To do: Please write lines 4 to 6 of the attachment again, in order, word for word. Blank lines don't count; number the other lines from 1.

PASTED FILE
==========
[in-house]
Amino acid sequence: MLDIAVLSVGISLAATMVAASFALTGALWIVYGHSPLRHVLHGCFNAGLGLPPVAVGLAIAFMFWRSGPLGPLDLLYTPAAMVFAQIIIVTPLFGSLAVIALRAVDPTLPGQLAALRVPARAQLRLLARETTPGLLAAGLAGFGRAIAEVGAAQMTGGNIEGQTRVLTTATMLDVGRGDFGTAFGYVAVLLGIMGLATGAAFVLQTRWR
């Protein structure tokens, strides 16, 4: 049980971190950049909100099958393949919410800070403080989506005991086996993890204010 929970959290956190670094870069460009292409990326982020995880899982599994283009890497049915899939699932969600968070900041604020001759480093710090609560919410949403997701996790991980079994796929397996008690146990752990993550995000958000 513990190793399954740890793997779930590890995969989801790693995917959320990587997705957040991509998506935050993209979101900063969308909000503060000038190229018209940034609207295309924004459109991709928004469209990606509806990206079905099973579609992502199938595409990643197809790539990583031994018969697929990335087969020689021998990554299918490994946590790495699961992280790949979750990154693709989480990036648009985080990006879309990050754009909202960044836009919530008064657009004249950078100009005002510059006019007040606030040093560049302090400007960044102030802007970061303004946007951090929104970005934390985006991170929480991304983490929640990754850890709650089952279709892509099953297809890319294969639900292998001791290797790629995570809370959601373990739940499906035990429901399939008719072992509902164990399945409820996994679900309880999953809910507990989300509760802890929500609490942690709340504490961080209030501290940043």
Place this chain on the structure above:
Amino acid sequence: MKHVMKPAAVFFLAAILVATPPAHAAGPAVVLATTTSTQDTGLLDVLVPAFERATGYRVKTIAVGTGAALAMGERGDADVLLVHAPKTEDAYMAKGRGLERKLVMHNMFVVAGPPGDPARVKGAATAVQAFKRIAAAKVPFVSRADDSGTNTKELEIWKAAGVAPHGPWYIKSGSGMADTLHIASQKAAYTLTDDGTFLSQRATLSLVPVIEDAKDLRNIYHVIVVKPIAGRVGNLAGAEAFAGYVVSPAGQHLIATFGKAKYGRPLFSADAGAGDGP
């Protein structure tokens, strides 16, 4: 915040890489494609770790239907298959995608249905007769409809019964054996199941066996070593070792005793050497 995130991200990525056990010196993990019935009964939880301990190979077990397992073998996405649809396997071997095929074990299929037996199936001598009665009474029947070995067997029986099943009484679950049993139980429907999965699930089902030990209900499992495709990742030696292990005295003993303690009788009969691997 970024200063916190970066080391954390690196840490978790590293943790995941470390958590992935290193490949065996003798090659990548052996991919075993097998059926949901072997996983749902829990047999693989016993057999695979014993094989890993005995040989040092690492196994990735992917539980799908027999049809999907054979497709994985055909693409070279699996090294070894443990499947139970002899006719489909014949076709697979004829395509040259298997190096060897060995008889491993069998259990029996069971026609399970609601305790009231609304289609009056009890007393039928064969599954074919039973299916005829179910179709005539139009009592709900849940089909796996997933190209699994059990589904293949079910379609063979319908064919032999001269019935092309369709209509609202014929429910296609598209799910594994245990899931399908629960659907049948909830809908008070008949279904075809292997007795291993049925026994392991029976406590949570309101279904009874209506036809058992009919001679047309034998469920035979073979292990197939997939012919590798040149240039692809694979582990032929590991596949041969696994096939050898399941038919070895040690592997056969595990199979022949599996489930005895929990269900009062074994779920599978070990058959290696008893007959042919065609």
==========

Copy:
Place this chain on the structure above:
Amino acid sequence: MKHVMKPAAVFFLAAILVATPPAHAAGPAVVLATTTSTQDTGLLDVLVPAFERATGYRVKTIAVGTGAALAMGERGDADVLLVHAPKTEDAYMAKGRGLERKLVMHNMFVVAGPPGDPARVKGAATAVQAFKRIAAAKVPFVSRADDSGTNTKELEIWKAAGVAPHGPWYIKSGSGMADTLHIASQKAAYTLTDDGTFLSQRATLSLVPVIEDAKDLRNIYHVIVVKPIAGRVGNLAGAEAFAGYVVSPAGQHLIATFGKAKYGRPLFSADAGAGDGP
């Protein structure tokens, strides 16, 4: 915040890489494609770790239907298959995608249905007769409809019964054996199941066996070593070792005793050497 995130991200990525056990010196993990019935009964939880301990190979077990397992073998996405649809396997071997095929074990299929037996199936001598009665009474029947070995067997029986099943009484679950049993139980429907999965699930089902030990209900499992495709990742030696292990005295003993303690009788009969691997 970024200063916190970066080391954390690196840490978790590293943790995941470390958590992935290193490949065996003798090659990548052996991919075993097998059926949901072997996983749902829990047999693989016993057999695979014993094989890993005995040989040092690492196994990735992917539980799908027999049809999907054979497709994985055909693409070279699996090294070894443990499947139970002899006719489909014949076709697979004829395509040259298997190096060897060995008889491993069998259990029996069971026609399970609601305790009231609304289609009056009890007393039928064969599954074919039973299916005829179910179709005539139009009592709900849940089909796996997933190209699994059990589904293949079910379609063979319908064919032999001269019935092309369709209509609202014929429910296609598209799910594994245990899931399908629960659907049948909830809908008070008949279904075809292997007795291993049925026994392991029976406590949570309101279904009874209506036809058992009919001679047309034998469920035979073979292990197939997939012919590798040149240039692809694979582990032929590991596949041969696994096939050898399941038919070895040690592997056969595990199979022949599996489930005895929990269900009062074994779920599978070990058959290696008893007959042919065609």